TEHRAN  - Iran announced new strides on Wednesday in its nuclear programme, in a defiant blow to US and EU pressure to rein in its atomic activities.

President Mahmoud Ahmadinejad unveiled on state television what was said to be Iran’s first domestically produced, 20-percent enriched nuclear fuel for Tehran’s research reactor. He also said 3,000 more centrifuges had been added to his country’s uranium enrichment effort.

Officials said new-generation centrifuges had been installed at Iran’s Natanz nuclear facility that are able to produce three times more enriched uranium. “Today we witnessed the activation of the first cascade of these centrifuges,” the head of the Atomic Energy Organisation, Fereydoon Abbasi Davani, said in a speech broadcast on state television.

“They increase Iran’s capacity to enrich uranium by three times,” he said. “This is a strong and documented response to all the sabotage conducted by the West.” The developments underlined Tehran’s determination to forge ahead with its nuclear activities despite increasingly tough sanctions from the West - and speculation that Israel or the United States could be months from launching military strikes against it.

Iran portrayed the advances as evidence it was only interested in peaceful nuclear goals, under the slogan “nuclear energy for all, nuclear weapons for none.” But the steps challenged the basis of four sets of UN sanctions and a raft of unilateral US and EU sanctions designed to halt a programme much of the West fears masks a drive for atomic weapons. Israel, which is the region’s sole but undeclared nuclear power and feels its existence is threatened by a nuclear Iran, is widely held to have been carrying out clandestine acts against its arch foe.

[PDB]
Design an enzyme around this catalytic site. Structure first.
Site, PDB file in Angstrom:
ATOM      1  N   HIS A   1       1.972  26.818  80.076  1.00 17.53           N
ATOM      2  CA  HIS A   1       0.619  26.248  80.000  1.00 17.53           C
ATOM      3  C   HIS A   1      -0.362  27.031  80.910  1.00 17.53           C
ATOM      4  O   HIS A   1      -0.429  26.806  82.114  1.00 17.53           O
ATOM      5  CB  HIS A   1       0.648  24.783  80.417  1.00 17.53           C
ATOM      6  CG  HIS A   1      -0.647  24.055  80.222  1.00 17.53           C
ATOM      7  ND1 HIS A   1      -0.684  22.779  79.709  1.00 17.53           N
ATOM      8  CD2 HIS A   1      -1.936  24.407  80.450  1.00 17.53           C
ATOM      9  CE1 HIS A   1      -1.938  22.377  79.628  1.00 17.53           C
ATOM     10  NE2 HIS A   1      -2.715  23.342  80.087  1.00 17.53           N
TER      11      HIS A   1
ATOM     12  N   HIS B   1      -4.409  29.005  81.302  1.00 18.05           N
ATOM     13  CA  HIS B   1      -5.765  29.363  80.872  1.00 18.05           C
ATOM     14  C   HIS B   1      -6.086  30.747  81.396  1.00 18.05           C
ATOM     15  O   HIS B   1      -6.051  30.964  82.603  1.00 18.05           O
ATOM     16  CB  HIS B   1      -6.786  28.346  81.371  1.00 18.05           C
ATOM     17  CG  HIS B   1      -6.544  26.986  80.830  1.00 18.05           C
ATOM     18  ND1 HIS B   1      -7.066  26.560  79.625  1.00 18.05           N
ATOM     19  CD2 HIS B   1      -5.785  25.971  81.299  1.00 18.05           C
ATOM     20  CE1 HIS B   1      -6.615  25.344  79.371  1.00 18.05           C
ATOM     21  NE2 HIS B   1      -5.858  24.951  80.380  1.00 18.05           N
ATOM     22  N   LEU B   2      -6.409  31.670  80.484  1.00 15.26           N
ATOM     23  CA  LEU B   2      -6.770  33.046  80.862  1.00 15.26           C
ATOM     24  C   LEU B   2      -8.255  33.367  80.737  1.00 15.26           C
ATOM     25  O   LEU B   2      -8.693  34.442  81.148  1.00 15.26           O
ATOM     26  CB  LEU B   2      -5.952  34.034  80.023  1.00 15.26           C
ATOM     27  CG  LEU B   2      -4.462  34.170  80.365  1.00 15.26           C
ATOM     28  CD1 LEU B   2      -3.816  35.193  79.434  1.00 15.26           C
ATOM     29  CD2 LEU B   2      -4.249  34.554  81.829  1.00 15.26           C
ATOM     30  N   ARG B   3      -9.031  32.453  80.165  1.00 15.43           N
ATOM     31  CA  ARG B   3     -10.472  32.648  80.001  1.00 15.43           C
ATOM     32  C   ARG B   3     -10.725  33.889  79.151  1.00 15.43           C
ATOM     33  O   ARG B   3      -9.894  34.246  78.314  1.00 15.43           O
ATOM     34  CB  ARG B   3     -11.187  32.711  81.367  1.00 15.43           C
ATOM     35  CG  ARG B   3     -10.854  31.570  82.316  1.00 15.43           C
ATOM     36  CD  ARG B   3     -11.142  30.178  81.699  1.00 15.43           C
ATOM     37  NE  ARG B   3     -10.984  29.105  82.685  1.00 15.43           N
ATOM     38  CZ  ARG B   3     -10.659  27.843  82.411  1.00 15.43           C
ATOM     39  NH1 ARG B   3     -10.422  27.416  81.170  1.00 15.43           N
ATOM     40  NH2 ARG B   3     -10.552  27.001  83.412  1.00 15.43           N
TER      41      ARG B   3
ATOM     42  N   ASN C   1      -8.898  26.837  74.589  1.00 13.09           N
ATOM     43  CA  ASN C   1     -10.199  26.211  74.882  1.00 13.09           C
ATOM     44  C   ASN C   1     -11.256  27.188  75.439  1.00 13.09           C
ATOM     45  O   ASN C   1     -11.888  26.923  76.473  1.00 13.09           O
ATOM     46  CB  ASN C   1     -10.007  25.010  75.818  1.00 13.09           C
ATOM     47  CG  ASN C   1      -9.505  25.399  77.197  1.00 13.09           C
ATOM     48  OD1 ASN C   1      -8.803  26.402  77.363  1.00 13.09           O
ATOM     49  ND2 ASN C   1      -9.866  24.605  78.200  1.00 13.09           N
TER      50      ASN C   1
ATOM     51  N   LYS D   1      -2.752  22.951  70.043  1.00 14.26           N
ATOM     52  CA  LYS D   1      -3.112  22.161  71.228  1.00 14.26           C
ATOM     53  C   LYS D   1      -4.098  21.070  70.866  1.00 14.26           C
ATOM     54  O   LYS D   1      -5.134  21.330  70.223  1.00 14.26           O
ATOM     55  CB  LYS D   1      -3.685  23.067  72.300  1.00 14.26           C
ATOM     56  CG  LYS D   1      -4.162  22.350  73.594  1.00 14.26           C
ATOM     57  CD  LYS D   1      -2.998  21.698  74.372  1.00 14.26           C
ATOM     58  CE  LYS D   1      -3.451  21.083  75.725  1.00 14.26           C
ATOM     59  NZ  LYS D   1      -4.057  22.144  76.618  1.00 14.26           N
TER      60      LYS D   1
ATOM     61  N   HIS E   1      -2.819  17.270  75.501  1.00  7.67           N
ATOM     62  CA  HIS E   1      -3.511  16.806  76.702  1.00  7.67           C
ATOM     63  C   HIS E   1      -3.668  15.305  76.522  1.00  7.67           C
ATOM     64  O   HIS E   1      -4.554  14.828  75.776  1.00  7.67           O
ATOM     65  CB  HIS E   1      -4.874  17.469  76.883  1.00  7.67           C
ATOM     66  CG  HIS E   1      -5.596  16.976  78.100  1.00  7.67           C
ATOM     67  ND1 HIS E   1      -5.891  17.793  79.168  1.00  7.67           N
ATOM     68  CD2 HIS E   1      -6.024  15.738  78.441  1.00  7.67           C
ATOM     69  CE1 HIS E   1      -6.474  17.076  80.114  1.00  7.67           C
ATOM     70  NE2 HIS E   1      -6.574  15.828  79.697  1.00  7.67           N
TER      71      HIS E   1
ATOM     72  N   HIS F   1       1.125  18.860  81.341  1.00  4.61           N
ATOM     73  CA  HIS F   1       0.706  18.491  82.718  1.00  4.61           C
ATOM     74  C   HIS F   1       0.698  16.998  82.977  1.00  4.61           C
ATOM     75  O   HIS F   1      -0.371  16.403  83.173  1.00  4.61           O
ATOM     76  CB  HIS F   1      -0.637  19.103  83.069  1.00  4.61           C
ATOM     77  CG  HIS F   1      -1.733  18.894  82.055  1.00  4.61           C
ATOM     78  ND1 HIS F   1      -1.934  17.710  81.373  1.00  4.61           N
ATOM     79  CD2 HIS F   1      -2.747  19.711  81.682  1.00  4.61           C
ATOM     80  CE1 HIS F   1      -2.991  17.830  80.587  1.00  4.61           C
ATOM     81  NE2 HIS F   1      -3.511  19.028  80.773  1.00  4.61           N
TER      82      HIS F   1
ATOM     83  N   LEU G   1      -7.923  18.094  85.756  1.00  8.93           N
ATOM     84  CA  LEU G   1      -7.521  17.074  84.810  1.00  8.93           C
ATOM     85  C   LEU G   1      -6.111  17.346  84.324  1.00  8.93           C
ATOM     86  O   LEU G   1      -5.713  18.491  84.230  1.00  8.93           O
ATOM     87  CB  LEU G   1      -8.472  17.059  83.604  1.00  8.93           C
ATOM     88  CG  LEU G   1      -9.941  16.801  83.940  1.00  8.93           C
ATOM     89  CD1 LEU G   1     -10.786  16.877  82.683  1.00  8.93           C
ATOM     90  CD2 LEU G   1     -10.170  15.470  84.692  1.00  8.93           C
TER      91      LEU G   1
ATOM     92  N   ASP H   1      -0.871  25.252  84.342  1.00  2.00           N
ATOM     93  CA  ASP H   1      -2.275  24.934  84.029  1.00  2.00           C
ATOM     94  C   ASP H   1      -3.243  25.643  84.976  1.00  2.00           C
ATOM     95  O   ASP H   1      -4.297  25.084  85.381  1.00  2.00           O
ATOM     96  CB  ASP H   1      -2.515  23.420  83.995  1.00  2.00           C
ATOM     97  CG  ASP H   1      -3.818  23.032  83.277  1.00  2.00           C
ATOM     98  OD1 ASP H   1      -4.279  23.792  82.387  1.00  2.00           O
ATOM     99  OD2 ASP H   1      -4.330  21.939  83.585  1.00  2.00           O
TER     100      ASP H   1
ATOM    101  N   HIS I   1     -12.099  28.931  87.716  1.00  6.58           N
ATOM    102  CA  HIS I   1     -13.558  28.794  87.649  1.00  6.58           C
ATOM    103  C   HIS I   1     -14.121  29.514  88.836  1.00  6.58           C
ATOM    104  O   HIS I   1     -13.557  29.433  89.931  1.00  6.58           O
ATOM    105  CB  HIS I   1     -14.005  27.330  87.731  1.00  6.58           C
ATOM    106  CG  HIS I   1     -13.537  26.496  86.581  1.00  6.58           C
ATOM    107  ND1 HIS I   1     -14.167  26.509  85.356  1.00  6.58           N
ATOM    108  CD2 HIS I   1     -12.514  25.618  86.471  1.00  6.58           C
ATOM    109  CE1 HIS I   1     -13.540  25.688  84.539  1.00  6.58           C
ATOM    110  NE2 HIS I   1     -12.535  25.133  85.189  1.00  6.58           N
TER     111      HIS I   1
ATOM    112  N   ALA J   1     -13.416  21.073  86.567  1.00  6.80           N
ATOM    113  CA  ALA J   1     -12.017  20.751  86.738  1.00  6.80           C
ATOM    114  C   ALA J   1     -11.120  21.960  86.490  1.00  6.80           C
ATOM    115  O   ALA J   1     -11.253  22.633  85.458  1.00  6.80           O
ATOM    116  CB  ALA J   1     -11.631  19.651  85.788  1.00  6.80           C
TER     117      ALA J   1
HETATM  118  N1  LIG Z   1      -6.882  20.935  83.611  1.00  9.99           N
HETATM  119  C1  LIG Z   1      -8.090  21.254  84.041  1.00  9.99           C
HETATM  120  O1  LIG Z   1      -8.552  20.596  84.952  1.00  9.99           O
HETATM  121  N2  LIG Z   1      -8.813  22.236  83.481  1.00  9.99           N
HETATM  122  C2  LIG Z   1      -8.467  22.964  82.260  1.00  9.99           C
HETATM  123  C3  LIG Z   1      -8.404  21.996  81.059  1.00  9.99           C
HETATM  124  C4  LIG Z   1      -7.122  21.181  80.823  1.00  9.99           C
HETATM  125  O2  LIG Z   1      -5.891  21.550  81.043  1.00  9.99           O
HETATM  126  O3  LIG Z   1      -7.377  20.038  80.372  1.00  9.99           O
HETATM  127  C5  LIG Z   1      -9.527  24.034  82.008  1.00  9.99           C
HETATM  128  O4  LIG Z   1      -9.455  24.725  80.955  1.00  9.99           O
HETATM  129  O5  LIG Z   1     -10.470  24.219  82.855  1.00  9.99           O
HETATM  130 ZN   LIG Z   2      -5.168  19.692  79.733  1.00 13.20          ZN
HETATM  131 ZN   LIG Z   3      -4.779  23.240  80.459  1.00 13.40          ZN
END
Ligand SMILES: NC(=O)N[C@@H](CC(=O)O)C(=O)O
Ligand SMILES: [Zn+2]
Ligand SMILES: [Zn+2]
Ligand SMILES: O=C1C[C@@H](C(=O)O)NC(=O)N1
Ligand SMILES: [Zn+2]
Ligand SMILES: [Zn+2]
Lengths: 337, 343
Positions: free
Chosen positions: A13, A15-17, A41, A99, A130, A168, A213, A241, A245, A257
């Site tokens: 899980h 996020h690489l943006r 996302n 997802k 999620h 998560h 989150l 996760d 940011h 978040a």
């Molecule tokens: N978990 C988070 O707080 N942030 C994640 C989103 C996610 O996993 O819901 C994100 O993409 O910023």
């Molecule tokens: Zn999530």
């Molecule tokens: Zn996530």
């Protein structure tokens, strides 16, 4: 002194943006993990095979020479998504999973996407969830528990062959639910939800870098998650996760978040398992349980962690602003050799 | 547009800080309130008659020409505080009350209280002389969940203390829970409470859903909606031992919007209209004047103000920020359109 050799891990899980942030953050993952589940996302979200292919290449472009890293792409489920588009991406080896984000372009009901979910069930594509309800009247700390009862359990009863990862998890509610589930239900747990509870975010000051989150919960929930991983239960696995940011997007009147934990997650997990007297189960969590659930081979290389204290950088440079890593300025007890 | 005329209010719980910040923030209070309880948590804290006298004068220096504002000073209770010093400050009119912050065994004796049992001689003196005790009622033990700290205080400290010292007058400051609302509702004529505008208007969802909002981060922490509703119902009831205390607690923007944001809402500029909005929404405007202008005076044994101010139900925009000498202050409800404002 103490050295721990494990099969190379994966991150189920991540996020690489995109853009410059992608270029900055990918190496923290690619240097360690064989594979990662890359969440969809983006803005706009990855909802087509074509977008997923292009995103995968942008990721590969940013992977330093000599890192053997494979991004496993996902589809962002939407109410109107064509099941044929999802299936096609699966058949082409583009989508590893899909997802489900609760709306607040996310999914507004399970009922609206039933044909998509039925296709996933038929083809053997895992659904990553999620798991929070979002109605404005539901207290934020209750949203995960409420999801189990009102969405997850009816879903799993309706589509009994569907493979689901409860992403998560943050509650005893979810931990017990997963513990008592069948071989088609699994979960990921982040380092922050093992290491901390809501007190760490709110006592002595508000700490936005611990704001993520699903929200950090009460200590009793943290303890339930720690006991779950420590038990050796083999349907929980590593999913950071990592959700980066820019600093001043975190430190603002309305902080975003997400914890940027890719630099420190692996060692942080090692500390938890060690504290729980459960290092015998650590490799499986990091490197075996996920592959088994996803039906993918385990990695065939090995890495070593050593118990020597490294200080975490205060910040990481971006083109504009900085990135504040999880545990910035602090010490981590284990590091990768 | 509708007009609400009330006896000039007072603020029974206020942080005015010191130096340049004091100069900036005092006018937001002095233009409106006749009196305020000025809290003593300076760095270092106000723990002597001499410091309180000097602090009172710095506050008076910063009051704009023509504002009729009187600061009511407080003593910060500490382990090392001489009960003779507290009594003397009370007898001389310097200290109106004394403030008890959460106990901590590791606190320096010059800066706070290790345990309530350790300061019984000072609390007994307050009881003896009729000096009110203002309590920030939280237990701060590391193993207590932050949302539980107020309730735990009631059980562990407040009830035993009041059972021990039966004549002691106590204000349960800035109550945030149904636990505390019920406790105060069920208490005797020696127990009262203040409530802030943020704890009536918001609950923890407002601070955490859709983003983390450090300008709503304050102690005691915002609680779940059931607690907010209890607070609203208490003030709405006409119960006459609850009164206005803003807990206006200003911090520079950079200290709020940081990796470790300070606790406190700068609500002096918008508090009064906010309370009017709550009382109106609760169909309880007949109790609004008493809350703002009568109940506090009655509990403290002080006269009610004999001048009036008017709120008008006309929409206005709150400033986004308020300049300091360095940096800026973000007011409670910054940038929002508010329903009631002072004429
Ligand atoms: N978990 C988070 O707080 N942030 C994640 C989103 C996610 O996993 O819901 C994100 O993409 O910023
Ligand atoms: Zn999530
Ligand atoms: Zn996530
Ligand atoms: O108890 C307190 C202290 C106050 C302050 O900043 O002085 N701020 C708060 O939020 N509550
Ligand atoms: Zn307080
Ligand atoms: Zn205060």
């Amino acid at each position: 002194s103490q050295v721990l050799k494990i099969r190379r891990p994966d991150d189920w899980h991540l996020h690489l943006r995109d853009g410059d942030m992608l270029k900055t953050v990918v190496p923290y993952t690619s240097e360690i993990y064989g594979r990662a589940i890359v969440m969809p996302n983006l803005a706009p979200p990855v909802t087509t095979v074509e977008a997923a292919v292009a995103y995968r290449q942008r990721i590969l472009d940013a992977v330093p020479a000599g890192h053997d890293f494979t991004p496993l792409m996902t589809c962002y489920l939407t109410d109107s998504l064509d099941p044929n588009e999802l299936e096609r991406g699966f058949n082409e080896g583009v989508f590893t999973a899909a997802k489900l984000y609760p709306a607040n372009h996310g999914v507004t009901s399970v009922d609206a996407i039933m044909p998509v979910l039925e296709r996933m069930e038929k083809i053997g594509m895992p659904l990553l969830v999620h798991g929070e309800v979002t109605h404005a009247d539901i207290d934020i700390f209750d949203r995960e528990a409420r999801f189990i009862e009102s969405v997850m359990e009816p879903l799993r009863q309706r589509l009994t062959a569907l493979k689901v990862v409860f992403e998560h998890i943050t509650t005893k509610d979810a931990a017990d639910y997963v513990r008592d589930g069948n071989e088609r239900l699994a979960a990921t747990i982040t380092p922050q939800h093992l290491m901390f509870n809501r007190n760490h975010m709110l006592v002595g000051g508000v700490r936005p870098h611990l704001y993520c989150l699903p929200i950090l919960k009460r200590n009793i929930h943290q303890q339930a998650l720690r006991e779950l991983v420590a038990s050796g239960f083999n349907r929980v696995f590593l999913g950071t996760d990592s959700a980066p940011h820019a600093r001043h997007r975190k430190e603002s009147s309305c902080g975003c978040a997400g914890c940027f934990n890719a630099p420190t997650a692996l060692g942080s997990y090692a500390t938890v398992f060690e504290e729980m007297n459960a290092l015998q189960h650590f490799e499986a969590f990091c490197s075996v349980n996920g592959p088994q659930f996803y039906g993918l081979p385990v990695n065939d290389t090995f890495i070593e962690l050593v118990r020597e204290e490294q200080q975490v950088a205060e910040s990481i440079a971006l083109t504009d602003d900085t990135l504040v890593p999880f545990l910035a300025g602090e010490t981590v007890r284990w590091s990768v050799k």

On Wednesday, Iran said it had finally replied to a letter sent nearly four months ago by EU foreign policy chief Catherine Ashton proposing a return to the talks. “Iran welcomes the readiness of the P5+1 group to return to negotiations in order to take fundamental steps toward further cooperation,” chief nuclear negotiator Saeed Jalili wrote in the letter, according to the official IRNA news agency. The P5+1 consists of the five permanent UN Security Council members - Britain, China, France, Russia and the United States - and Germany. Thus far, Russia and China have stood by Iran.

Meanwhile, Iran has stopped oil exports to six European states in retaliation for European Union sanctions imposed on the Islamic state’s key export, its English-language Press TV reported on Wednesday.

“Iran cuts its oil exports to six European countries,” Press TV reported.

Press TV said Iran has stopped exporting oil to Netherlands, Greece, France, Portugal, Spain and Italy.

Brent crude oil prices were up $1 a barrel to $118.35 shortly after the announcement.

The EU’s 27 member states have decided to stop importing crude from Iran from July 1 over its disputed nuclear programme.